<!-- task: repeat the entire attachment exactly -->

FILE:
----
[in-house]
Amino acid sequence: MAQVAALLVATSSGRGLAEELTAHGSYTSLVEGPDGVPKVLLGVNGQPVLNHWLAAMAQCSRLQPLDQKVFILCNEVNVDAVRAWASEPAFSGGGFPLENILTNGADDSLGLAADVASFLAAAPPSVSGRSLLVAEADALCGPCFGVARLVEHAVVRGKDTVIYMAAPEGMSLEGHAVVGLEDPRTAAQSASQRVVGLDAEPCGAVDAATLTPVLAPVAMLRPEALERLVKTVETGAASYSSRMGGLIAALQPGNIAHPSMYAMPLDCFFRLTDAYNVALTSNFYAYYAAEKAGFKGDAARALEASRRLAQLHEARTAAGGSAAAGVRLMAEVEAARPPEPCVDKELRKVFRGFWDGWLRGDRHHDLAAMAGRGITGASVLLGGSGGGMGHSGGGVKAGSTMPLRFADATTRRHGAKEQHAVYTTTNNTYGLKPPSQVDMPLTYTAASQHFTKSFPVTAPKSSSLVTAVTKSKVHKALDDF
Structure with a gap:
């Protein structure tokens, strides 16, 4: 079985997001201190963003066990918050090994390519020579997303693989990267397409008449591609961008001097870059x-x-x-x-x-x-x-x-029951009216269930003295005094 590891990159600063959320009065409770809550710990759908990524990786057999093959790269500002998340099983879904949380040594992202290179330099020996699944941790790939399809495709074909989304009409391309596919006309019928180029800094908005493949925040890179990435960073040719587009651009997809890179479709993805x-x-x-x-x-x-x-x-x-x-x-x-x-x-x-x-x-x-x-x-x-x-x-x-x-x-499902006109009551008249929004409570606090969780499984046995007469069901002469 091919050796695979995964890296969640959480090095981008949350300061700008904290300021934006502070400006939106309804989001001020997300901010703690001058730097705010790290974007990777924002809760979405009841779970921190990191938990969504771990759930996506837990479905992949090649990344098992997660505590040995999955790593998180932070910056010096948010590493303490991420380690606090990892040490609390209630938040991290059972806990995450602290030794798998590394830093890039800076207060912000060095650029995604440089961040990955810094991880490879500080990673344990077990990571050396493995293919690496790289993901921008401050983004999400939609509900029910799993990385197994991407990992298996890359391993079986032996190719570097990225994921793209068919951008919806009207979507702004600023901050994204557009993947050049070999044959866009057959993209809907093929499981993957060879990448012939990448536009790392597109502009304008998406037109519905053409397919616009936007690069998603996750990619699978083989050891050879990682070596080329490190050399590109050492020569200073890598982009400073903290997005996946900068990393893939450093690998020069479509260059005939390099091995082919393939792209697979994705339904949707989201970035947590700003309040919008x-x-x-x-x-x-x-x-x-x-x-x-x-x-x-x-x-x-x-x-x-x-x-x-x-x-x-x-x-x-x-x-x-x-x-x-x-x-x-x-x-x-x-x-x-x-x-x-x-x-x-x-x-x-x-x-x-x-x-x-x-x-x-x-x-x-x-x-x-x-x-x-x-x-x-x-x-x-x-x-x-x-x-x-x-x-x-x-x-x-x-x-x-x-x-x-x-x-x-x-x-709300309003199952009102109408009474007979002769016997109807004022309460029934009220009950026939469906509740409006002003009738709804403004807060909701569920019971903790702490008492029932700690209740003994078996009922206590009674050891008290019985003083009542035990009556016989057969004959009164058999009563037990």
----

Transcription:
[in-house]
Amino acid sequence: MAQVAALLVATSSGRGLAEELTAHGSYTSLVEGPDGVPKVLLGVNGQPVLNHWLAAMAQCSRLQPLDQKVFILCNEVNVDAVRAWASEPAFSGGGFPLENILTNGADDSLGLAADVASFLAAAPPSVSGRSLLVAEADALCGPCFGVARLVEHAVVRGKDTVIYMAAPEGMSLEGHAVVGLEDPRTAAQSASQRVVGLDAEPCGAVDAATLTPVLAPVAMLRPEALERLVKTVETGAASYSSRMGGLIAALQPGNIAHPSMYAMPLDCFFRLTDAYNVALTSNFYAYYAAEKAGFKGDAARALEASRRLAQLHEARTAAGGSAAAGVRLMAEVEAARPPEPCVDKELRKVFRGFWDGWLRGDRHHDLAAMAGRGITGASVLLGGSGGGMGHSGGGVKAGSTMPLRFADATTRRHGAKEQHAVYTTTNNTYGLKPPSQVDMPLTYTAASQHFTKSFPVTAPKSSSLVTAVTKSKVHKALDDF
Structure with a gap:
């Protein structure tokens, strides 16, 4: 079985997001201190963003066990918050090994390519020579997303693989990267397409008449591609961008001097870059x-x-x-x-x-x-x-x-029951009216269930003295005094 590891990159600063959320009065409770809550710990759908990524990786057999093959790269500002998340099983879904949380040594992202290179330099020996699944941790790939399809495709074909989304009409391309596919006309019928180029800094908005493949925040890179990435960073040719587009651009997809890179479709993805x-x-x-x-x-x-x-x-x-x-x-x-x-x-x-x-x-x-x-x-x-x-x-x-x-x-499902006109009551008249929004409570606090969780499984046995007469069901002469 091919050796695979995964890296969640959480090095981008949350300061700008904290300021934006502070400006939106309804989001001020997300901010703690001058730097705010790290974007990777924002809760979405009841779970921190990191938990969504771990759930996506837990479905992949090649990344098992997660505590040995999955790593998180932070910056010096948010590493303490991420380690606090990892040490609390209630938040991290059972806990995450602290030794798998590394830093890039800076207060912000060095650029995604440089961040990955810094991880490879500080990673344990077990990571050396493995293919690496790289993901921008401050983004999400939609509900029910799993990385197994991407990992298996890359391993079986032996190719570097990225994921793209068919951008919806009207979507702004600023901050994204557009993947050049070999044959866009057959993209809907093929499981993957060879990448012939990448536009790392597109502009304008998406037109519905053409397919616009936007690069998603996750990619699978083989050891050879990682070596080329490190050399590109050492020569200073890598982009400073903290997005996946900068990393893939450093690998020069479509260059005939390099091995082919393939792209697979994705339904949707989201970035947590700003309040919008x-x-x-x-x-x-x-x-x-x-x-x-x-x-x-x-x-x-x-x-x-x-x-x-x-x-x-x-x-x-x-x-x-x-x-x-x-x-x-x-x-x-x-x-x-x-x-x-x-x-x-x-x-x-x-x-x-x-x-x-x-x-x-x-x-x-x-x-x-x-x-x-x-x-x-x-x-x-x-x-x-x-x-x-x-x-x-x-x-x-x-x-x-x-x-x-x-x-x-x-x-709300309003199952009102109408009474007979002769016997109807004022309460029934009220009950026939469906509740409006002003009738709804403004807060909701569920019971903790702490008492029932700690209740003994078996009922206590009674050891008290019985003083009542035990009556016989057969004959009164058999009563037990």